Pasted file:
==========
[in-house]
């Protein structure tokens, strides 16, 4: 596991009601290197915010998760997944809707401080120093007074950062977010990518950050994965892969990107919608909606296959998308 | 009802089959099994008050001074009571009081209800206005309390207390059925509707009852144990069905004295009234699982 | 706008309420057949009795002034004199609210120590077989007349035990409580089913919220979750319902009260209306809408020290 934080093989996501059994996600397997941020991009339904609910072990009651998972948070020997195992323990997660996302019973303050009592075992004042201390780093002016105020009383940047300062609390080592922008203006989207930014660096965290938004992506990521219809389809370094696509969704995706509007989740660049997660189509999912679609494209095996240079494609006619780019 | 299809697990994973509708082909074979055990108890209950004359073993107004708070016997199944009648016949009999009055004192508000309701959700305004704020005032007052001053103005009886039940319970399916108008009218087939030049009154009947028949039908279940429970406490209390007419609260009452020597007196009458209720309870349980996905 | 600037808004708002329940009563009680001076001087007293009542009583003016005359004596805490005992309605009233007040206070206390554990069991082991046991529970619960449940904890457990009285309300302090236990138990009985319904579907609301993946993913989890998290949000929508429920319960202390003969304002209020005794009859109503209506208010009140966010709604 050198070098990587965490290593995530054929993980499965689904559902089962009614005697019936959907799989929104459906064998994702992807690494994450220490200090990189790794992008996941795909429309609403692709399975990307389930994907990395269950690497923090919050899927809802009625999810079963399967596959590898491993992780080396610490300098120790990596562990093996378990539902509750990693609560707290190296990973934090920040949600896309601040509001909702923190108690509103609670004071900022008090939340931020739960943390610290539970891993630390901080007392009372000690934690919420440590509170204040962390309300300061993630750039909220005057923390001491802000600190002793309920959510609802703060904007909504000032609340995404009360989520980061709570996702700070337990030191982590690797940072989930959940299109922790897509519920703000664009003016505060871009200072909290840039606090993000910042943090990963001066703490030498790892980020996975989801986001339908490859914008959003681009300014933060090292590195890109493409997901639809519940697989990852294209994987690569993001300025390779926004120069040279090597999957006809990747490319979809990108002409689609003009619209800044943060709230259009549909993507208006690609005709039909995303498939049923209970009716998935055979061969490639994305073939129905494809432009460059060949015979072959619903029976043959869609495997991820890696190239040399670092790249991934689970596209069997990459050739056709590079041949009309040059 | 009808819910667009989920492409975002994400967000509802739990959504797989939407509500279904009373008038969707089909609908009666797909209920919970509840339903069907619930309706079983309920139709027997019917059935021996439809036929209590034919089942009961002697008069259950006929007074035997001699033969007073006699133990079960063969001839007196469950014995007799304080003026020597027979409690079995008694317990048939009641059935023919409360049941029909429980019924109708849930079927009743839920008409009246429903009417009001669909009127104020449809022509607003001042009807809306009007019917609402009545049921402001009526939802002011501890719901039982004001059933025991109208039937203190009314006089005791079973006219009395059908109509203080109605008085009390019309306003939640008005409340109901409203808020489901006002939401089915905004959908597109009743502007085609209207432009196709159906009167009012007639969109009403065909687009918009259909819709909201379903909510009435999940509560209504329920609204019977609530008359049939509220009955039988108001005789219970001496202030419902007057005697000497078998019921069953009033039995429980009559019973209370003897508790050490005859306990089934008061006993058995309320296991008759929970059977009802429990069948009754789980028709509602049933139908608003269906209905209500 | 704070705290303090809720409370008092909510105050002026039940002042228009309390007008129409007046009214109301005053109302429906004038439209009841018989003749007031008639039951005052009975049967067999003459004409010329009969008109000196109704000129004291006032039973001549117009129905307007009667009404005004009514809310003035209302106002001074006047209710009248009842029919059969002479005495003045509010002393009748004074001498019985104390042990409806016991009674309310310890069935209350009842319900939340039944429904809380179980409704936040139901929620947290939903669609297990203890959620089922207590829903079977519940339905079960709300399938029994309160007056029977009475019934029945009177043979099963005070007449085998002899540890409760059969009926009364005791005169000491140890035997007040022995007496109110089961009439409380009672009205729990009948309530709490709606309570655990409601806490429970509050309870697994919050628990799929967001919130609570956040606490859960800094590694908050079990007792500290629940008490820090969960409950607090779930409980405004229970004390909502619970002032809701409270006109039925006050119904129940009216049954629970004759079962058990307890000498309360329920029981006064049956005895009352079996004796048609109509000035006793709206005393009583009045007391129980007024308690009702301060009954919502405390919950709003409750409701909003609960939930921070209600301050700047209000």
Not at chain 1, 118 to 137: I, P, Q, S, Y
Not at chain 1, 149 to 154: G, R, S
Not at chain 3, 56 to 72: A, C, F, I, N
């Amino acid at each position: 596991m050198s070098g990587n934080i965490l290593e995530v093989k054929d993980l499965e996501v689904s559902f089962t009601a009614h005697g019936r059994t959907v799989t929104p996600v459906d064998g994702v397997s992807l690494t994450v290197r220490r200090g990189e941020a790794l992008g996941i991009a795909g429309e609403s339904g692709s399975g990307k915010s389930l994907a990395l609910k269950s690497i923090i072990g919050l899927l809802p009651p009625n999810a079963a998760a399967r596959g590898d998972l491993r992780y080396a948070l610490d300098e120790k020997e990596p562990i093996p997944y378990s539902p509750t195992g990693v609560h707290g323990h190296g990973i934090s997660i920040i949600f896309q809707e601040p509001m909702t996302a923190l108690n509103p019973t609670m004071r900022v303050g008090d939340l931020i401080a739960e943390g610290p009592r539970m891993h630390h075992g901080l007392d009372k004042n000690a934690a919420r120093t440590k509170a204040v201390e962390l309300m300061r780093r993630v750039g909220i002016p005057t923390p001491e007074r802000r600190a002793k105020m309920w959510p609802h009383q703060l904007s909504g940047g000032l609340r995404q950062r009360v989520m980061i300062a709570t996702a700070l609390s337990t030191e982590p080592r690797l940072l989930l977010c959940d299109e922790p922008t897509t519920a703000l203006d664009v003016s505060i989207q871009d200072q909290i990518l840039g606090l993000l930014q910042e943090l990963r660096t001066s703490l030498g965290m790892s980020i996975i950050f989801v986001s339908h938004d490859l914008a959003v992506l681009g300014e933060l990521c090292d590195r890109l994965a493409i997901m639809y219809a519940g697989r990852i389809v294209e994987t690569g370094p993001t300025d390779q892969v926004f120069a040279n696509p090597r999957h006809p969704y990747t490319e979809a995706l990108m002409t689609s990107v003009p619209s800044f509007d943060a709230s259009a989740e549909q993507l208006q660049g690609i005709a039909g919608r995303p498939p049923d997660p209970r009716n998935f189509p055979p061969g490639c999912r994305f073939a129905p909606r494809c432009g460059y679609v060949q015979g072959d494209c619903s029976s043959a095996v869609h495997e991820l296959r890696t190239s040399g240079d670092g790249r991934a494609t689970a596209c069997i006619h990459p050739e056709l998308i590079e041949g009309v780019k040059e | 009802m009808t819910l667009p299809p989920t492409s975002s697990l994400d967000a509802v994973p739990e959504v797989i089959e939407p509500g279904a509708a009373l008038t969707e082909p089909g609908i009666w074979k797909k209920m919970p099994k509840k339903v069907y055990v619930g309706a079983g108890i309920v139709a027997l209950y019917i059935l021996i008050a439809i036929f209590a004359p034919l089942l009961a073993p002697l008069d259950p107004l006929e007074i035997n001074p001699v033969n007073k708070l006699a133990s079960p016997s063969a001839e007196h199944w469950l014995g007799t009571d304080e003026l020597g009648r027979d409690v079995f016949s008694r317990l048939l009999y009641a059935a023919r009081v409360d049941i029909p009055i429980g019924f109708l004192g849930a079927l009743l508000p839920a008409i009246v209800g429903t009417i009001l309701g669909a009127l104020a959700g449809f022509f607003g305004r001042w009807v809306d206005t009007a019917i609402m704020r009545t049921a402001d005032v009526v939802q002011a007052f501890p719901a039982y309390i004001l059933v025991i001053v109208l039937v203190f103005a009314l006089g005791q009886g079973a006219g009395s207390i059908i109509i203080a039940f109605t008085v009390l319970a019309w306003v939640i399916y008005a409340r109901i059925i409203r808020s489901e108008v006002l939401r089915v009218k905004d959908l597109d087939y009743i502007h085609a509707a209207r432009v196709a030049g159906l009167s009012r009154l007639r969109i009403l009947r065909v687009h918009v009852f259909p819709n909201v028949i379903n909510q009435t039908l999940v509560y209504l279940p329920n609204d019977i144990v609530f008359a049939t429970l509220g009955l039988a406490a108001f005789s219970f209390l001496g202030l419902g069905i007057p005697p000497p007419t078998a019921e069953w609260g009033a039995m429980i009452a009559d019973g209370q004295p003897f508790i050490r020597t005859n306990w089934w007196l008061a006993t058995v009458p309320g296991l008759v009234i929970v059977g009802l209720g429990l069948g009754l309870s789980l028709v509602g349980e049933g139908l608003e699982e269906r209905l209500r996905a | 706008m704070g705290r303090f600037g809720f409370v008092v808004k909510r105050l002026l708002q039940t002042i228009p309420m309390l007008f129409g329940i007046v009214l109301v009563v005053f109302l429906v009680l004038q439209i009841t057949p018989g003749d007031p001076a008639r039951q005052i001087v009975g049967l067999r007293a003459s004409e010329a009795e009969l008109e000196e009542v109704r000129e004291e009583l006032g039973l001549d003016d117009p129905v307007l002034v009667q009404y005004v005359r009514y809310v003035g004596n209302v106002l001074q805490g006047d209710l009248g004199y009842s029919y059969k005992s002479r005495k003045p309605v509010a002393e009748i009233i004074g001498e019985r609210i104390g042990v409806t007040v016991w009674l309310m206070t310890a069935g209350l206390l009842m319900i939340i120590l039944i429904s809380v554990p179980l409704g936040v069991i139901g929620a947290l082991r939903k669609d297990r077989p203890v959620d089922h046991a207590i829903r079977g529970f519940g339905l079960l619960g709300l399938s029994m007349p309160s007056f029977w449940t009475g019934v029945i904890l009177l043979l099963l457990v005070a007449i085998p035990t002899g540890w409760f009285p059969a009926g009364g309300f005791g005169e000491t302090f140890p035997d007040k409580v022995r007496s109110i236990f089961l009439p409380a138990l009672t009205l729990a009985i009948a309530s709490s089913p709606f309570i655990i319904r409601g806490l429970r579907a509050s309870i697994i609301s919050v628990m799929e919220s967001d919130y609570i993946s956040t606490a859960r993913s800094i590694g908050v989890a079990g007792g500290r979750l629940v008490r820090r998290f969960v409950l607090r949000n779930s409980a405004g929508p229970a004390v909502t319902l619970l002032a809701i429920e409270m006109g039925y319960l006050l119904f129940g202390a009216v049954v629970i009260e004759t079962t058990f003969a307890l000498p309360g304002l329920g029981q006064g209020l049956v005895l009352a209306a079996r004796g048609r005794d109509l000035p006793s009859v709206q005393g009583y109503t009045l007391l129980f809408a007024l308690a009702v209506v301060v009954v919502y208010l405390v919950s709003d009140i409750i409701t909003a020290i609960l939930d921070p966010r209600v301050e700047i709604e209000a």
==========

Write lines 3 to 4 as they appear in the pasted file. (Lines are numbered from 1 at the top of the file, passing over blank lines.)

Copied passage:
Not at chain 1, 118 to 137: I, P, Q, S, Y
Not at chain 1, 149 to 154: G, R, S